Tuesday, May 06, 2008

Danish Bronze Age Site

On Thursday there was rain, and we were given a tour of an ongoing archaeological dig. This is a bronze age house complex with an associated burial mound. I remain a bit unclear about the exact ownership of the land, and the means of discovery. The ground was being farmed, but unlike most farmers in the Thy / Heltborg region, the farmer was NOT using modern deep plowing methods. For this reason the ground was only disturbed (ie tore up and mixed) down to maybe 15 - 20 cm from the surface. The actual organic rich layer on the hill top location of the find was no more than 30 cm deep, with the ever present sand below.
Deep plowing is proving a disaster for Danish archaeology. The Thy region especially has been heavily occupied well back into the stone age. As the land is windswept, with a sand base, there is not much soil cover over the hill tops. Most of the occupations are located on the low hills, for reasons of defence and observation. Many locations show more or less continuous occupation. In Thy is is especially true of both bronze and iron age settlements. These tend to larger farm complexes of a group of houses surrounded by the outlaying hills. Iron smelting was common, and appears to have been undertaken as a 'for cash' extra activity. There are low burial mounds absolutely all over the place, many more that have been virtually plowed flat over the centuries.
At the excavation site, this was certainly the case. The 'mound' was not raised up off the surface any more than maybe a meter at its highest, the diameter of the feature maybe 25 - 30 meters. I certainly would never have spotted it. This mound turns out to be a wee bit unusual, as there are signs of there being an associated small building (originally dug into the side of the mound). These have been found on some other mounds, but not in most cases. The mound (as most are) contains a larger primary burial, the reason the mound was made in the first place. This consists of a series of stones containing the actual remains. To this point the large stones covering the burial have not been removed, the presiding archaeologist has hopes that some significant objects may be found when that is finally opened. (A special event is planned with the landowners present. They have been funding the excavation.)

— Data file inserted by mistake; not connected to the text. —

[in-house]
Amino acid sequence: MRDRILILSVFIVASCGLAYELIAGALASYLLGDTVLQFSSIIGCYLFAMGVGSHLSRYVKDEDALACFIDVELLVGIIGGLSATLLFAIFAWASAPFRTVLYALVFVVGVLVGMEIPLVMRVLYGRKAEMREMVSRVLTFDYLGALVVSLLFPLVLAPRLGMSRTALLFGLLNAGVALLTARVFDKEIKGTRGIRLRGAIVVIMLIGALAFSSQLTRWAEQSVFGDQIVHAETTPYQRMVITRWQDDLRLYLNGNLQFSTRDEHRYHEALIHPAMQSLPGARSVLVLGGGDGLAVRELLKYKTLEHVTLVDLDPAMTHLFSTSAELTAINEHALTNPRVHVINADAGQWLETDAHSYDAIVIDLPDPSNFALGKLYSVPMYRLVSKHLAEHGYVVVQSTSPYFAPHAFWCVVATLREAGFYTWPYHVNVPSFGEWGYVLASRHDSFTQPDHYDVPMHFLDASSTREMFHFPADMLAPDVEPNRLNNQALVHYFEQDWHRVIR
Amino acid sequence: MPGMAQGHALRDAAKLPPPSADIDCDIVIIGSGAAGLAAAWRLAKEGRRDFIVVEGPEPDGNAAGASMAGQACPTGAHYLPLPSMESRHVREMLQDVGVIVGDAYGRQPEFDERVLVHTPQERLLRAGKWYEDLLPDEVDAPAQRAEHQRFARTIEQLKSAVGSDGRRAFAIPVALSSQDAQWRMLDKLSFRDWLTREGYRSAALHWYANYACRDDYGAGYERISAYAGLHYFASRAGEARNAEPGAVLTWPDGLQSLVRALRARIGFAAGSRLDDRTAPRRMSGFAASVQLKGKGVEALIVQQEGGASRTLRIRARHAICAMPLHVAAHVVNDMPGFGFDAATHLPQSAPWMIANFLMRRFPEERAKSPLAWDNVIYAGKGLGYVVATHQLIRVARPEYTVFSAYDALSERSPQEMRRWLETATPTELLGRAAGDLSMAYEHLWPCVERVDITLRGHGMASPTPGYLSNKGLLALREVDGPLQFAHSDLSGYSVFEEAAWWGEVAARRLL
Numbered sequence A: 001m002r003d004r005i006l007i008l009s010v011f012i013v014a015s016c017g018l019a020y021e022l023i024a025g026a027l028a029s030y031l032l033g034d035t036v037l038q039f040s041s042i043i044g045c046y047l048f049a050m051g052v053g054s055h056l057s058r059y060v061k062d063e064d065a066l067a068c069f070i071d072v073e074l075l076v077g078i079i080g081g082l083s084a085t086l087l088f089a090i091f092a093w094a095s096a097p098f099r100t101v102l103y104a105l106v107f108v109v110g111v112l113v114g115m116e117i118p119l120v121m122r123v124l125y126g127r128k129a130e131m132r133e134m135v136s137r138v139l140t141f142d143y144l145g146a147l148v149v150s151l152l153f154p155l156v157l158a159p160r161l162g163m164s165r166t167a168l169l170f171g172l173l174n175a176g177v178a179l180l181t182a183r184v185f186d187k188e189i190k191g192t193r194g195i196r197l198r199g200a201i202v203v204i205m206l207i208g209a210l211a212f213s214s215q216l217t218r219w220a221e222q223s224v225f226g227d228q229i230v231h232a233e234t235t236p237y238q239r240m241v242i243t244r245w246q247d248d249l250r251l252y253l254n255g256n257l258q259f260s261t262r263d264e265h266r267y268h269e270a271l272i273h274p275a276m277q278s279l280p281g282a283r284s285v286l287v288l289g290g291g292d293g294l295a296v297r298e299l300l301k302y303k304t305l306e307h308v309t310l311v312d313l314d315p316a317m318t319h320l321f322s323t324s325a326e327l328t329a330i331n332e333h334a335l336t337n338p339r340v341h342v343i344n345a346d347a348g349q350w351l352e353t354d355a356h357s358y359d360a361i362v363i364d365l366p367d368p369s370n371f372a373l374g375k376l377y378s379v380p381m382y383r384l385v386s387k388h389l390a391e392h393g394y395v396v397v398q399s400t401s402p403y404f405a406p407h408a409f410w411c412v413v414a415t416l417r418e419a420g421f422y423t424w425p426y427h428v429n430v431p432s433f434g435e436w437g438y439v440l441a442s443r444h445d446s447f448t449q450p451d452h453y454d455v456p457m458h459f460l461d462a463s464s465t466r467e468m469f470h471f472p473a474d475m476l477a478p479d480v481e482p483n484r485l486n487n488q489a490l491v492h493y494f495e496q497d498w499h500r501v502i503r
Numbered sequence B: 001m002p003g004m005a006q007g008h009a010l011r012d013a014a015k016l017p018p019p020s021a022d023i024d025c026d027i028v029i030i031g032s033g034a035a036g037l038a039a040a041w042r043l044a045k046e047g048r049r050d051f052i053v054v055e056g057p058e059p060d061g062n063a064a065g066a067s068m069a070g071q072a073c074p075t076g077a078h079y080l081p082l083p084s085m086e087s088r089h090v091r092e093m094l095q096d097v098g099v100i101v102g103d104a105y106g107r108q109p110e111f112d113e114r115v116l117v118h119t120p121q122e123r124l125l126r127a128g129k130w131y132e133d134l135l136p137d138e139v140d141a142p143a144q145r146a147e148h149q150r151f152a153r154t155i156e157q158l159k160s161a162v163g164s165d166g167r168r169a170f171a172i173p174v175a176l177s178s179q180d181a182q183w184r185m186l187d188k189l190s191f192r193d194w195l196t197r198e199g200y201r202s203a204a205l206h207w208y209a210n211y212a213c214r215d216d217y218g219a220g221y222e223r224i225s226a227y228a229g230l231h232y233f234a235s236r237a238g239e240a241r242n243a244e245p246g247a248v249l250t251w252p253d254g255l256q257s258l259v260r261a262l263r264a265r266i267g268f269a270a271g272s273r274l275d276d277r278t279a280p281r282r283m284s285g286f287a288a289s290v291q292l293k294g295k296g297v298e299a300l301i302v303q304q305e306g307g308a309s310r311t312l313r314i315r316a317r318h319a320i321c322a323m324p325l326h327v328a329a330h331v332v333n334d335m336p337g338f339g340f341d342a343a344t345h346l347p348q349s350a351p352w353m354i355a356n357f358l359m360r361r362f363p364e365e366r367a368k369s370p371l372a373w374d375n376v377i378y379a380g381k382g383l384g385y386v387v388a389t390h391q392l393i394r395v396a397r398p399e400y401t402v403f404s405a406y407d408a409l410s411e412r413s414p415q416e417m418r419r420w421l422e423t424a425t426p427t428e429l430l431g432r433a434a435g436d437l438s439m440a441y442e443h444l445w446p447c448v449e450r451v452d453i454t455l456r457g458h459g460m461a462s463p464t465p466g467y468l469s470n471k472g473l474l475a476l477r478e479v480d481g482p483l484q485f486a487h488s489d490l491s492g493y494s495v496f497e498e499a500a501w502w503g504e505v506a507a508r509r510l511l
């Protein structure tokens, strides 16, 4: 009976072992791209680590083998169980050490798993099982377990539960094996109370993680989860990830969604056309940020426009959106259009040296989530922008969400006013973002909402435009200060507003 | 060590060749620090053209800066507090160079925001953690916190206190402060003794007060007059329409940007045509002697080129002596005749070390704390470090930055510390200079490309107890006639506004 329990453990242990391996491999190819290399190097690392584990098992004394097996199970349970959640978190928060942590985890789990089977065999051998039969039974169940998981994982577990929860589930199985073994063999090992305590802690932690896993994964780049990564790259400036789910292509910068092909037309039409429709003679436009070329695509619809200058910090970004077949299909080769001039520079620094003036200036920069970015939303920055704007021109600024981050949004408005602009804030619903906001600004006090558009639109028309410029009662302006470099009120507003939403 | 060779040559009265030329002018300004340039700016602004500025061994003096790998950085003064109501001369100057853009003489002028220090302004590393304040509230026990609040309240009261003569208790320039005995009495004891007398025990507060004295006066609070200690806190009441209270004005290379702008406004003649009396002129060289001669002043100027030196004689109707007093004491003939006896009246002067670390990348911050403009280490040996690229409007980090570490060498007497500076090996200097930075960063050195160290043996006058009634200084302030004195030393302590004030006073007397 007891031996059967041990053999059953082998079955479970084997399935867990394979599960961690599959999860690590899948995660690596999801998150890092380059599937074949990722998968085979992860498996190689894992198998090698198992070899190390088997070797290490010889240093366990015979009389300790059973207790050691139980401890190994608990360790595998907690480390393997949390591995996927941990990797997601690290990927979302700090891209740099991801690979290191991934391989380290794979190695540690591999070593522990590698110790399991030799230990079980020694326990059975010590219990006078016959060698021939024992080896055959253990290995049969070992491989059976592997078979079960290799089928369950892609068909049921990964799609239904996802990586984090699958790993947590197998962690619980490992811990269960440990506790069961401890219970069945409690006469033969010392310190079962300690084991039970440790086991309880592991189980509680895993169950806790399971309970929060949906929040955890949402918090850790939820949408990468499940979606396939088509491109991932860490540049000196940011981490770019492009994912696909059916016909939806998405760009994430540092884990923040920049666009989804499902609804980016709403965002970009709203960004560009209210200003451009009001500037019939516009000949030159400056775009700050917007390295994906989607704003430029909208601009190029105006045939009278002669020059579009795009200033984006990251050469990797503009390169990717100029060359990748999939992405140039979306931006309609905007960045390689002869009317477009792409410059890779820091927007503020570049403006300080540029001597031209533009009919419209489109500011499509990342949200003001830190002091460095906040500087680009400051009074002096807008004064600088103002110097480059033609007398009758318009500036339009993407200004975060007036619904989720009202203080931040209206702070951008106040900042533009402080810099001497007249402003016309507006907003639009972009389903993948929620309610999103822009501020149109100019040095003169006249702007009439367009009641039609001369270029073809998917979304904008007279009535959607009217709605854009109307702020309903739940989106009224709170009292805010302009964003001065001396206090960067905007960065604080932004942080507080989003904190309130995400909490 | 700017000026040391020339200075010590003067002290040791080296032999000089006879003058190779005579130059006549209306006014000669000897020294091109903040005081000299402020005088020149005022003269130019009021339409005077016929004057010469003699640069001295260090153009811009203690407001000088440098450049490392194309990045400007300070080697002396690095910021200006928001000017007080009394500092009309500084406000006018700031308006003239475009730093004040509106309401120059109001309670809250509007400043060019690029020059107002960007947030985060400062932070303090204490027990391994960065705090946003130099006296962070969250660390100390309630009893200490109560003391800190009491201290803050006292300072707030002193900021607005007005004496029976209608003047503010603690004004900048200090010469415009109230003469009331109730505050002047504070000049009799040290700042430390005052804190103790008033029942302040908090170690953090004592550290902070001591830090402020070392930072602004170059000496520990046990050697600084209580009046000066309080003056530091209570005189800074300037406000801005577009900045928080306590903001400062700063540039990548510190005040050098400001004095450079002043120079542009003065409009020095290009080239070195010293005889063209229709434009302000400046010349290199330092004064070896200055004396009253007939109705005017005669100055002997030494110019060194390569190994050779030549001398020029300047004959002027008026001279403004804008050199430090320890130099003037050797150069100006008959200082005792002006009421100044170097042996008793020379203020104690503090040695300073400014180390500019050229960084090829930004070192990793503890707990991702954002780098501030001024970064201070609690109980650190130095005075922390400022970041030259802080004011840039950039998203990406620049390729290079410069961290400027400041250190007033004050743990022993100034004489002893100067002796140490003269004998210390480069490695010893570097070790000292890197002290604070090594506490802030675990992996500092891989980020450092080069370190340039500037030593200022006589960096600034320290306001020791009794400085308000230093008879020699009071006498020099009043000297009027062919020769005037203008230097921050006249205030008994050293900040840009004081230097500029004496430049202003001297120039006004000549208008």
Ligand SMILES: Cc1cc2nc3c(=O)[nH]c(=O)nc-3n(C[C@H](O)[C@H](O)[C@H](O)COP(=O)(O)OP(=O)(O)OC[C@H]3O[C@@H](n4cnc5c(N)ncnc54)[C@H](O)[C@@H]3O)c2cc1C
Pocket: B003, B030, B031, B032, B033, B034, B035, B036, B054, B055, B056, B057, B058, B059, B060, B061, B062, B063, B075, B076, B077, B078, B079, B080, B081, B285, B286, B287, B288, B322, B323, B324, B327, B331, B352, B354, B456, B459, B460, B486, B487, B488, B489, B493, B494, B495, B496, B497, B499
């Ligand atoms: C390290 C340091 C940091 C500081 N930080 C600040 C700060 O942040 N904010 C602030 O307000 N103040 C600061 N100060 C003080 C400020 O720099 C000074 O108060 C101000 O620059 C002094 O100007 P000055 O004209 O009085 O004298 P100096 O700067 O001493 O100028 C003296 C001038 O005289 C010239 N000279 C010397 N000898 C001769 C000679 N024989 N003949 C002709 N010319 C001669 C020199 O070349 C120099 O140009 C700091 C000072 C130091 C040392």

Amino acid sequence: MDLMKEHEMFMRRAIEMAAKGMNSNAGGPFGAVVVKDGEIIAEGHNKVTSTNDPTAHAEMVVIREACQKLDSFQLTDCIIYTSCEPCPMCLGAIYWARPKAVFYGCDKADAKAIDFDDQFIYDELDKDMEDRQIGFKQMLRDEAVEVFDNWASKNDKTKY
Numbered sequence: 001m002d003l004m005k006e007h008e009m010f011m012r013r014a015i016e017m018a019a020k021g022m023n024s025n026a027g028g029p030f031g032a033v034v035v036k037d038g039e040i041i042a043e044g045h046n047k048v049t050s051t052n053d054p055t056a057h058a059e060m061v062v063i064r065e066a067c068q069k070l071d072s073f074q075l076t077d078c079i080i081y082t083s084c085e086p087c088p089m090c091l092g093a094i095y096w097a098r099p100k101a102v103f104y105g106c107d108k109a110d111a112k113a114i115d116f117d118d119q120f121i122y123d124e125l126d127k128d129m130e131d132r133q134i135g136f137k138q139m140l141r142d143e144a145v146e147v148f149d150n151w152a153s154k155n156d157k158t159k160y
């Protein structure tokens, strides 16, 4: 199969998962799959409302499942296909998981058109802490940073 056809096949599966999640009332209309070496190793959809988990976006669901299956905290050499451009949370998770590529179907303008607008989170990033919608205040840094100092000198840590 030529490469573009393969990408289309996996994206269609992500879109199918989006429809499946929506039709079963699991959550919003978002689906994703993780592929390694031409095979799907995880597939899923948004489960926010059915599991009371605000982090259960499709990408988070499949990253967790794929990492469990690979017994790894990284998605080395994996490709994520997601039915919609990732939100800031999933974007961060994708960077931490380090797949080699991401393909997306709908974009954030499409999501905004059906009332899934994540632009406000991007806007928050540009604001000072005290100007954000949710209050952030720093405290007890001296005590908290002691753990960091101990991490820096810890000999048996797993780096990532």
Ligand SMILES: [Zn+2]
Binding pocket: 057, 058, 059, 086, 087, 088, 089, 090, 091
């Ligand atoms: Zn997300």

Another excellent aspect of this find, at least from the archaeologists point of view, is that the complex appears to be 'single use'. Although there are a number of buildings, one being unusually large, there are no signs of re-building over the same ground. This leaves a clear imprint of the complex as it was used at a single point in time. The main hall has proved to be one of the largest from the bronze age found in the region. It is laid out as a T shape, with the main line running more or less north south and considerably longer than the 'bar'. The main room is constructed with two lines of support pillars, the bar portion with three lines. Two aisle buildings are uncommon, there are only a couple of other three aisle structures from the bronze age that have been found.
All these execellent features not withstanding, there has not been a single artifact found. Remains of fire pits and the defining post holes - but not even a piece of burned bone or shard of pottery. I was quite surprised at this, but was told that actually, this is often the case for this type of settlement. The original builders had abandonded the site, there are no signs of burned buildings or any other kind of disaster. Like our own L'Anse aux Meadows, when they left they simply took everything with them. The sandy soil means water running constantly through the ground, which in turn quickly destroys any kind of organic materials. Although the weather was pretty foul for our visit, we were actually pretty fortunate. The damp ground brought the contrast of the slightly darker post holes into sharper focus.

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February 15 - May 15, 2012 : Supported by a Crafts Projects - Creation and Development Grant

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